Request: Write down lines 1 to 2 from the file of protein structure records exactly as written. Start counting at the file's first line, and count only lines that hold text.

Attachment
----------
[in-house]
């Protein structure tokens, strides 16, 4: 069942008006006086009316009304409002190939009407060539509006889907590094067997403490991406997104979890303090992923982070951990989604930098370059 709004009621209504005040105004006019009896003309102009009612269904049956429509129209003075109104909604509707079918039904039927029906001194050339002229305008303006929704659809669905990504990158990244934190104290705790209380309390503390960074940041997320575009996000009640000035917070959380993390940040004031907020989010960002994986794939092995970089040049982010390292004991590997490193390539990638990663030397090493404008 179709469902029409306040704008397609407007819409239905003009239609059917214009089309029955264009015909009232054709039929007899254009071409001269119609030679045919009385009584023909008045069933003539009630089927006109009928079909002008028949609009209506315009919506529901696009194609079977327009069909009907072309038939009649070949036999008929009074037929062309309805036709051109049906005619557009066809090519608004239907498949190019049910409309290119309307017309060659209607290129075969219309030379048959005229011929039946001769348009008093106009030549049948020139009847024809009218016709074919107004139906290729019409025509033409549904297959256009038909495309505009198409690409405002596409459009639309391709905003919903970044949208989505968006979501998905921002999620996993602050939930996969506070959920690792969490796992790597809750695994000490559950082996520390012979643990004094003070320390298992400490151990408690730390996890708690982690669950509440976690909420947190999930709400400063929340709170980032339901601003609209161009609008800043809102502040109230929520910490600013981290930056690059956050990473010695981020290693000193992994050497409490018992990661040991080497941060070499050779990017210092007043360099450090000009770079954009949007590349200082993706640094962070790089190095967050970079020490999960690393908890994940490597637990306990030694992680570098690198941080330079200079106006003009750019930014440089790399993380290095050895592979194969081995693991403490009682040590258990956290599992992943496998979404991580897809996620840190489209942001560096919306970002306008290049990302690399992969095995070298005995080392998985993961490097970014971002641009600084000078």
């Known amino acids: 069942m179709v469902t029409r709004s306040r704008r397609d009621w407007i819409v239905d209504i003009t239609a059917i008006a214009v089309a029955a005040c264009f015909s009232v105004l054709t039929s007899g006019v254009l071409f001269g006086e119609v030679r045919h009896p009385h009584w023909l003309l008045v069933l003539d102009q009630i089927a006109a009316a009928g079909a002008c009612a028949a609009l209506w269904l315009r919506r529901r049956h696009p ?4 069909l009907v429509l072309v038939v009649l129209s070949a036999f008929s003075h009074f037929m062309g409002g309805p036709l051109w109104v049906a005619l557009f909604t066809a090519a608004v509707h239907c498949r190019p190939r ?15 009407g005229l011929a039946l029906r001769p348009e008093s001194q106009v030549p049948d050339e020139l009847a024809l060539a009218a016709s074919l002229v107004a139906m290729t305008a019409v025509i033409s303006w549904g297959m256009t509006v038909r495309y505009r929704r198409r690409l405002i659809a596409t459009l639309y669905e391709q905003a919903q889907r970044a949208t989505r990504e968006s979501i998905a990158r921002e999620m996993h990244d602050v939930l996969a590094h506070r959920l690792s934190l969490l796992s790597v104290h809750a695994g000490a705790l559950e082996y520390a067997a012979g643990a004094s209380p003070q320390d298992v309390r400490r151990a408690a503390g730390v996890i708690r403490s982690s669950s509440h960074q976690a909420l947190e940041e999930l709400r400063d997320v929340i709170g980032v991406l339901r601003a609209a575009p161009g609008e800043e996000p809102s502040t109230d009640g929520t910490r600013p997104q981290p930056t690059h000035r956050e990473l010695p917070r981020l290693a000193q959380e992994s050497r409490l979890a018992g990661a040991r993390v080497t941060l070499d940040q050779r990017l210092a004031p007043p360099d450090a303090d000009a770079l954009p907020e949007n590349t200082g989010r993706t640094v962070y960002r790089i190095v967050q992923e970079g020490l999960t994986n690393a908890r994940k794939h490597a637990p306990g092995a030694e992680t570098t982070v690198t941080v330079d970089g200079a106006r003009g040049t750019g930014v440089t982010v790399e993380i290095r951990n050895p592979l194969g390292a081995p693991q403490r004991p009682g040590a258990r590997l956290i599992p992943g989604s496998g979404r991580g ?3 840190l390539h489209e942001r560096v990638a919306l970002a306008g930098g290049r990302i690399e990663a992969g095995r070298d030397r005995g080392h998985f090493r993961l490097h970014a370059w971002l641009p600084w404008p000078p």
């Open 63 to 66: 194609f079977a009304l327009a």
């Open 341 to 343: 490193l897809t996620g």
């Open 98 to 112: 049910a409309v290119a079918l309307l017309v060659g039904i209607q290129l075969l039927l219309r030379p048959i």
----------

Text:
[in-house]
């Protein structure tokens, strides 16, 4: 069942008006006086009316009304409002190939009407060539509006889907590094067997403490991406997104979890303090992923982070951990989604930098370059 709004009621209504005040105004006019009896003309102009009612269904049956429509129209003075109104909604509707079918039904039927029906001194050339002229305008303006929704659809669905990504990158990244934190104290705790209380309390503390960074940041997320575009996000009640000035917070959380993390940040004031907020989010960002994986794939092995970089040049982010390292004991590997490193390539990638990663030397090493404008 179709469902029409306040704008397609407007819409239905003009239609059917214009089309029955264009015909009232054709039929007899254009071409001269119609030679045919009385009584023909008045069933003539009630089927006109009928079909002008028949609009209506315009919506529901696009194609079977327009069909009907072309038939009649070949036999008929009074037929062309309805036709051109049906005619557009066809090519608004239907498949190019049910409309290119309307017309060659209607290129075969219309030379048959005229011929039946001769348009008093106009030549049948020139009847024809009218016709074919107004139906290729019409025509033409549904297959256009038909495309505009198409690409405002596409459009639309391709905003919903970044949208989505968006979501998905921002999620996993602050939930996969506070959920690792969490796992790597809750695994000490559950082996520390012979643990004094003070320390298992400490151990408690730390996890708690982690669950509440976690909420947190999930709400400063929340709170980032339901601003609209161009609008800043809102502040109230929520910490600013981290930056690059956050990473010695981020290693000193992994050497409490018992990661040991080497941060070499050779990017210092007043360099450090000009770079954009949007590349200082993706640094962070790089190095967050970079020490999960690393908890994940490597637990306990030694992680570098690198941080330079200079106006003009750019930014440089790399993380290095050895592979194969081995693991403490009682040590258990956290599992992943496998979404991580897809996620840190489209942001560096919306970002306008290049990302690399992969095995070298005995080392998985993961490097970014971002641009600084000078």